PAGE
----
Swansea boss Brendan Rodgers is set to be appointed as Liverpool's new manager this week following talks with the Anfield club, according to a BBC report on Wednesday.
Rodgers had refused a request to meet with Liverpool following Kenny Dalglish's sacking earlier this month, but the Reds made a renewed effort to speak to the former Reading and Watford chief after holding discussions with Wigan's Roberto Martinez last week.
The 39-year-old Northern Irishman is believed to have spoken to Liverpool officials on Wednesday and the BBC reports the Merseyside giants are ready to pay between £4 million ($6.2m) and £5 million ($7.7m) in compensation to Swansea to secure his services.
Reports that Rodgers has agreed a three-year contract with Liverpool are described as "categorically untrue" by the Anfield club, but it seems he is now well on course to land one of the biggest jobs in English football.
Rodgers is regarded as one of the Premier League's brightest young managers after guiding unheralded Swansea to an impressive 11th place finish on a relatively meagre budget just one season after securing promotion from the Championship.
When Liverpool first approached Rodgers, it was claimed he was unhappy that the club's American owners wanted to conduct interviews with a host of potential candidates as it would leave him having to return to Swansea with his position undermined if he failed to get the job.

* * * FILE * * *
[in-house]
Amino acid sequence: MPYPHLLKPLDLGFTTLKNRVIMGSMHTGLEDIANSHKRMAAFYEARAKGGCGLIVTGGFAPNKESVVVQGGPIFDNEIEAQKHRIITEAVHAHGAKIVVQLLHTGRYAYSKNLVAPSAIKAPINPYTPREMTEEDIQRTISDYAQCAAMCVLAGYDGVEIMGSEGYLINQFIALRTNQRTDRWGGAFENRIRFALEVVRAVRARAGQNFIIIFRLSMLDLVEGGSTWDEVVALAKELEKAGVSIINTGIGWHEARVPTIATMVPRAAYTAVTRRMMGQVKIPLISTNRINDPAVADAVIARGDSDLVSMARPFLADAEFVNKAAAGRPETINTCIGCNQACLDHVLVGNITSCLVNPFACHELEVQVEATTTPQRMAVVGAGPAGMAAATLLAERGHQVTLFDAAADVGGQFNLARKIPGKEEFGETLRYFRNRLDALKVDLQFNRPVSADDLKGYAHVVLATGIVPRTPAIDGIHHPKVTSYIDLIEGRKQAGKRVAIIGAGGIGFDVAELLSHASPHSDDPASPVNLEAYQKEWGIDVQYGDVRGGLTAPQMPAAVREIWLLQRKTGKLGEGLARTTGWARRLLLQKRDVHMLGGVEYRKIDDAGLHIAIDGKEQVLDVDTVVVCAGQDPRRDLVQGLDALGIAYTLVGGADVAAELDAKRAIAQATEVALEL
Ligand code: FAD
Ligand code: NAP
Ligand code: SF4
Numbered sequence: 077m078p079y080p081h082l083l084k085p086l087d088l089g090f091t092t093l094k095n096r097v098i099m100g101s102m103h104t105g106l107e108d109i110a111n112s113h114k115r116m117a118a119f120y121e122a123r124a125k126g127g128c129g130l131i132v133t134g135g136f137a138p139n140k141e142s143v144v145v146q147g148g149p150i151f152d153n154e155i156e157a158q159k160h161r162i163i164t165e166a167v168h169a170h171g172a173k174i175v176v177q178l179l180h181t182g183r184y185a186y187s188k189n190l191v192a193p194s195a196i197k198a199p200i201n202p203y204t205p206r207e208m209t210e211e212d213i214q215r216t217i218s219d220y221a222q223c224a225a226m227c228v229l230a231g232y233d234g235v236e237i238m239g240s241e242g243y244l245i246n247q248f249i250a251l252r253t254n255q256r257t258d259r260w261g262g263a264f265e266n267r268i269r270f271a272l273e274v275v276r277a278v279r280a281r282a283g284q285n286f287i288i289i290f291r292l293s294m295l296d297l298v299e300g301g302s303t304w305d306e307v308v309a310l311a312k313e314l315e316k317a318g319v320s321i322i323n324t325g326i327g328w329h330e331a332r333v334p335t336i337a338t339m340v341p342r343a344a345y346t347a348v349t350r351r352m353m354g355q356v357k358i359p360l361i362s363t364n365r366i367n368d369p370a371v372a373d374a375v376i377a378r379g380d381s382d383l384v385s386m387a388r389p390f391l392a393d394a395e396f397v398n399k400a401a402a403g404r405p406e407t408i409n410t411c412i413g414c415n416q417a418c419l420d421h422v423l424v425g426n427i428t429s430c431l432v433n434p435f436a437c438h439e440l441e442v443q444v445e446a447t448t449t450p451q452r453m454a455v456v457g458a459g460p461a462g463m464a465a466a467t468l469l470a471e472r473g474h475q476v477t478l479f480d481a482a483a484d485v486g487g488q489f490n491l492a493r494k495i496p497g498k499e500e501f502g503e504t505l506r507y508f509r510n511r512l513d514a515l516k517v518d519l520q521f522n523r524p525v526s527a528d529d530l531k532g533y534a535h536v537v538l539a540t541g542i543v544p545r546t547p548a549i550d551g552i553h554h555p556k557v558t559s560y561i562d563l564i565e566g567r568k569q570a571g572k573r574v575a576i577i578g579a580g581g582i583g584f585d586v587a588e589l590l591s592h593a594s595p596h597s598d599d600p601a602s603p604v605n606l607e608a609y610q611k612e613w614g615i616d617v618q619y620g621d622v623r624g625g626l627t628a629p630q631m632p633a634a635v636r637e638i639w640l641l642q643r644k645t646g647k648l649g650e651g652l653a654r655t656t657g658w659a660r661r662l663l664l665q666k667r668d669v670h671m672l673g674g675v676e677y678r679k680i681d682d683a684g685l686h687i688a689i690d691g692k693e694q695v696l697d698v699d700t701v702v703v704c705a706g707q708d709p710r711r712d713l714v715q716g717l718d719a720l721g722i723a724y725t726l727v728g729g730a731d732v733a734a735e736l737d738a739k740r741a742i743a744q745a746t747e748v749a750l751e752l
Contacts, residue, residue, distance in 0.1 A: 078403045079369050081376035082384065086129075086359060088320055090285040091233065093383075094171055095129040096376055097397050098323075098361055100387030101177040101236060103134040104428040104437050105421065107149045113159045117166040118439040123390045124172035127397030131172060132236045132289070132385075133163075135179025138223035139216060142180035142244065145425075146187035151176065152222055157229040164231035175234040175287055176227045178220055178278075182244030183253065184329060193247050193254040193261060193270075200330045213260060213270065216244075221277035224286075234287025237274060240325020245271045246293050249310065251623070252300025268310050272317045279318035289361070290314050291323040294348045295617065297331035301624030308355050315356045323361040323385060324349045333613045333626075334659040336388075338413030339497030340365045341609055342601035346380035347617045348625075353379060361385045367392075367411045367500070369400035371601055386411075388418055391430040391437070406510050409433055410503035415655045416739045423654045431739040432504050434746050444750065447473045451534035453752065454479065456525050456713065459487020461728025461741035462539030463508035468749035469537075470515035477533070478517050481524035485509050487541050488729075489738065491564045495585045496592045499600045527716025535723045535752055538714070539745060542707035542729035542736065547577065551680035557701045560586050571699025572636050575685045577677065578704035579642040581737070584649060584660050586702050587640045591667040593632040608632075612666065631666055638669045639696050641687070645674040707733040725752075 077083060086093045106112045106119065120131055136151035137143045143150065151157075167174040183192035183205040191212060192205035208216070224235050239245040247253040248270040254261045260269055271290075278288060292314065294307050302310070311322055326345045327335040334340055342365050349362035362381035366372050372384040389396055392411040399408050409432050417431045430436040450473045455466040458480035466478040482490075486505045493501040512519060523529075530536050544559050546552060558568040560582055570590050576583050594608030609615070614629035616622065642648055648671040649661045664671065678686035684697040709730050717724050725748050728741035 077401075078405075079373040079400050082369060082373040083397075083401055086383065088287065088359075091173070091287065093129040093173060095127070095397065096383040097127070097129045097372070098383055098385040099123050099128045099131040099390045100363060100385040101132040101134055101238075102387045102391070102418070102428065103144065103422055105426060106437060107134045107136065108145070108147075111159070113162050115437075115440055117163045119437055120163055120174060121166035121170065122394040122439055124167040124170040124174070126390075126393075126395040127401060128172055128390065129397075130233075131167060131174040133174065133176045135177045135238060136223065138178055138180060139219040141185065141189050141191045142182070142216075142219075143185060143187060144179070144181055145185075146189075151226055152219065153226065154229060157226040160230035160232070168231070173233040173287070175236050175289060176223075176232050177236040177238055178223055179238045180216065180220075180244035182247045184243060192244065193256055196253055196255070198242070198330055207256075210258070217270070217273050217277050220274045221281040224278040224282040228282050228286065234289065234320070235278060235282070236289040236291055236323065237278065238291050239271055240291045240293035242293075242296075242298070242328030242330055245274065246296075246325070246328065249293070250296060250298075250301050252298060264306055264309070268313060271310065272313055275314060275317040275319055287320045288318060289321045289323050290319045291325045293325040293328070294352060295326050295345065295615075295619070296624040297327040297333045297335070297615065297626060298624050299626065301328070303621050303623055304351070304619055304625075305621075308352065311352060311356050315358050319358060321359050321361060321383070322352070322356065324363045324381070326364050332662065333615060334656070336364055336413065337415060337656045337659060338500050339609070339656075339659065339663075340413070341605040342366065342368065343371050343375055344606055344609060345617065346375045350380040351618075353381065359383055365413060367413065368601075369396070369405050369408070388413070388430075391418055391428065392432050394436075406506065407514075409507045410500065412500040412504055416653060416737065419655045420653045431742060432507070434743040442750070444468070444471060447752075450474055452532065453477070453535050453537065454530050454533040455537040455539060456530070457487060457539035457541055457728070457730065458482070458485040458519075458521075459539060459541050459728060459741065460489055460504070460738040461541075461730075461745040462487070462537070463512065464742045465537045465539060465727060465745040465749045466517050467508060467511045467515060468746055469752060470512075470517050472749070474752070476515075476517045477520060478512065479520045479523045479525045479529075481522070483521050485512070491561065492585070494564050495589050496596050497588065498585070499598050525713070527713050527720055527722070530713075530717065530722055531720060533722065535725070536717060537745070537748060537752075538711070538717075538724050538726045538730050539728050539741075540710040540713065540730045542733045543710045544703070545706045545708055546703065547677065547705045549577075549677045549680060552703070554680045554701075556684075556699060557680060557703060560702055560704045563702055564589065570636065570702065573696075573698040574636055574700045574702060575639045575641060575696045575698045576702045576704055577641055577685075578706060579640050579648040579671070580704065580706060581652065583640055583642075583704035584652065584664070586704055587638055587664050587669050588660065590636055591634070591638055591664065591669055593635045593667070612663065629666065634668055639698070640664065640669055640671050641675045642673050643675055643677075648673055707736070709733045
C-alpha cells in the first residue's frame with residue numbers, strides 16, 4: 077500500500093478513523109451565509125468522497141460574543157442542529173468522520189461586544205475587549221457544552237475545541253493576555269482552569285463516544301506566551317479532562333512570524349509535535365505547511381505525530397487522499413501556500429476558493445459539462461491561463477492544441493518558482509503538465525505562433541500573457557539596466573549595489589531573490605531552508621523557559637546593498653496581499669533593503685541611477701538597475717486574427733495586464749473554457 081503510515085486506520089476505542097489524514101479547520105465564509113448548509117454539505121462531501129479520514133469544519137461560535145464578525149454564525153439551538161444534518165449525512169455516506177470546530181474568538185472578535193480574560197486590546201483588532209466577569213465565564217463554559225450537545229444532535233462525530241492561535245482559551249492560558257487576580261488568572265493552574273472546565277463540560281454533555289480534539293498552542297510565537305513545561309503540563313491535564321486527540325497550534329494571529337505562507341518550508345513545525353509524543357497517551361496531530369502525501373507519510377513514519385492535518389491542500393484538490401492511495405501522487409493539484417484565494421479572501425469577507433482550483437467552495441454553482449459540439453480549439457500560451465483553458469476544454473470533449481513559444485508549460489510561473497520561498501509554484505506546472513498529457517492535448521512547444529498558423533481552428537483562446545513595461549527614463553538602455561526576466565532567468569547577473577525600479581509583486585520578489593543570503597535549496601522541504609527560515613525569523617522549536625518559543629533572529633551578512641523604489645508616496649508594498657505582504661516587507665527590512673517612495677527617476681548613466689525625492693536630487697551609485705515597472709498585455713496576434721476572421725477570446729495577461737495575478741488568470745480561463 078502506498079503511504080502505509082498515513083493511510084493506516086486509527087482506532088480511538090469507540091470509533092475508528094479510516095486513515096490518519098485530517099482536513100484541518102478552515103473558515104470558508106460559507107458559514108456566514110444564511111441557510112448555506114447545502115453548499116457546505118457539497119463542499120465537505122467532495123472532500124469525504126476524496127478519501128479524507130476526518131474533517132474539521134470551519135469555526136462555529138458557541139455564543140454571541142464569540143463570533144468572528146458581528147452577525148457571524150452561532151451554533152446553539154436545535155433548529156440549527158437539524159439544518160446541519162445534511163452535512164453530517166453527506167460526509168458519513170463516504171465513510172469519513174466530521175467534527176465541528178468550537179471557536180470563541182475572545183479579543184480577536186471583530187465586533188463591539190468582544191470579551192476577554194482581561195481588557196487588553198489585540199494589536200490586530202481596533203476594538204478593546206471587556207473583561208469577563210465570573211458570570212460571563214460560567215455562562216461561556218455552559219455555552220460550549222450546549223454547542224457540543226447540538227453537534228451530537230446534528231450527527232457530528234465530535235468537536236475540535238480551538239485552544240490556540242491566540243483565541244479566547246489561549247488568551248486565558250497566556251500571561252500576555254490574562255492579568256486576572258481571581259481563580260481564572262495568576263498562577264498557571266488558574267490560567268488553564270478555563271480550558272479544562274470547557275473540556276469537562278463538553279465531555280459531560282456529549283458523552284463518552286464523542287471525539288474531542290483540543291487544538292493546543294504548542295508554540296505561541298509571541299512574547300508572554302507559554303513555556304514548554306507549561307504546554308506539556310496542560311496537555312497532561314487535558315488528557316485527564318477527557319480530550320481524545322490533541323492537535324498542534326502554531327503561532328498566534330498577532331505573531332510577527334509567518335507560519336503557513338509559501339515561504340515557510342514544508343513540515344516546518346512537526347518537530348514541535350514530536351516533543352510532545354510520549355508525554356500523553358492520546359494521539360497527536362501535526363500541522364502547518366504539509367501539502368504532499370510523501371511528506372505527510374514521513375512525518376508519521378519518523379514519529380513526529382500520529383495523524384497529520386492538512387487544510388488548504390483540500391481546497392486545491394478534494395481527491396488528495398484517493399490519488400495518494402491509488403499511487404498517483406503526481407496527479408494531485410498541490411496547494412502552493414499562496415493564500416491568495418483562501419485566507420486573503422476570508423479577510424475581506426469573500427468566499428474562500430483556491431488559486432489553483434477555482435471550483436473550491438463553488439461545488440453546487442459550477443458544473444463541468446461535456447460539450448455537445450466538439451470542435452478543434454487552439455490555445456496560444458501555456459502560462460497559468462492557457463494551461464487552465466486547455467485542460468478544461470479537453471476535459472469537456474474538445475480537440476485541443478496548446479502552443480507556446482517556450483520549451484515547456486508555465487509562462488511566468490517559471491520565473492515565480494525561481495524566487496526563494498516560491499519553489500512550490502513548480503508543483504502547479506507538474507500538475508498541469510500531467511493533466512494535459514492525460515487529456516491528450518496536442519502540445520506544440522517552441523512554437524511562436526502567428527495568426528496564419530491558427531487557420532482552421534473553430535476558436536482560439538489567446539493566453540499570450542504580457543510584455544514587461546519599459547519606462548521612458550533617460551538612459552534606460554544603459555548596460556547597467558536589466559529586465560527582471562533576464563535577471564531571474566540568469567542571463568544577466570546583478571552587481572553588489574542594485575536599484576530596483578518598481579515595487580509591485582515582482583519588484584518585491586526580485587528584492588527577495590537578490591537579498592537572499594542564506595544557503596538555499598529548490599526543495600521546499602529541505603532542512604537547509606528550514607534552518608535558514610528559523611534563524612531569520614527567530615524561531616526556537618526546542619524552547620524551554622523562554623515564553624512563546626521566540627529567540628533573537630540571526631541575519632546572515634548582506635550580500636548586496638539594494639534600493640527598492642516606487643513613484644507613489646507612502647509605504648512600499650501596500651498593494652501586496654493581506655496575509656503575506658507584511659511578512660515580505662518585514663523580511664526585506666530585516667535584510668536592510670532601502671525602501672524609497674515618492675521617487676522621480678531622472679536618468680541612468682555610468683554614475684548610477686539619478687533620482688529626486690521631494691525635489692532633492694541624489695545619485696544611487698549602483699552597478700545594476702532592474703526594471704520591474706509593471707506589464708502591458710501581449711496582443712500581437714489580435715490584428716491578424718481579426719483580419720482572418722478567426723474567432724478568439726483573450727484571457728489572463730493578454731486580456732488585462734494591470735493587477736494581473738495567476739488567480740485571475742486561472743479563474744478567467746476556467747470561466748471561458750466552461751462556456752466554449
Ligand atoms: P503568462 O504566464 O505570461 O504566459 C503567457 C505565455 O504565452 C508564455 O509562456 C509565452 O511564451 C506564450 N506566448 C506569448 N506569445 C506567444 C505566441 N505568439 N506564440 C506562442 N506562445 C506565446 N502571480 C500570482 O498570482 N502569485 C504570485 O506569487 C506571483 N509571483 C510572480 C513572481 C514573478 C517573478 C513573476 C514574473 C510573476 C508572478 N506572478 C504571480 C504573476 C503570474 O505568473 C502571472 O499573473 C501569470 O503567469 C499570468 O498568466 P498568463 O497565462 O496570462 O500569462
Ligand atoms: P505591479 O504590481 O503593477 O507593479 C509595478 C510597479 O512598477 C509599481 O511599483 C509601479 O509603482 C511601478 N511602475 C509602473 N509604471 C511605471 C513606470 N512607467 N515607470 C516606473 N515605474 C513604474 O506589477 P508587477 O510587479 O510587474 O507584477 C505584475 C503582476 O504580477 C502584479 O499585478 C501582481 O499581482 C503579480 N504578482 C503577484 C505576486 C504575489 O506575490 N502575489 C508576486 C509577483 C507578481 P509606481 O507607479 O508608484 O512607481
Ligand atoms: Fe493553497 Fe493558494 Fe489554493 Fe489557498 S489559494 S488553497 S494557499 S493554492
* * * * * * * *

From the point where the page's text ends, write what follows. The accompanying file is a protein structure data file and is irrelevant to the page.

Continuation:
Martinez had been the early favourite after meeting with Liverpool's principal owner John Henry in Miami last week, but the Spaniard was said to be concerned about the Reds' desire to hire a director of football, with former Ajax boss Louis van Gaal reportedly in the running for that role.
Wigan chairman Dave Whelan claimed Martinez had been offered the job, but Liverpool never confirmed that and now appear to have turned their sights on Rodgers.
If Rodgers does get the job, it will complete a remarkable rise following his sacking as Reading boss just three years ago.
Since then Rodgers, who regards Jose Mourinho as his mentor after working as the Portuguese coach's reserve-team boss at Chelsea, has completely rehabilitated his reputation.
Swansea's eye-catching style of play earned a standing ovation from Liverpool fans after a 0-0 draw at Anfield in November and Rodgers also masterminded a 1-0 win over the Reds on the final day of the season, as well as beating Manchester City and Arsenal at the Liberty Stadium.
He would take over a Liverpool squad at a low ebb after finishing eighth in the Premier League, 17 points away from the Champions League spots that Henry had targeted at the start of the season.
The Reds did win the League Cup under Dalglish, but their season ended with a lacklustre 2-1 defeat in the FA Cup final against Chelsea and the new boss will be charged with reinvigorating team sorely in need of an infusion of creativity and pace.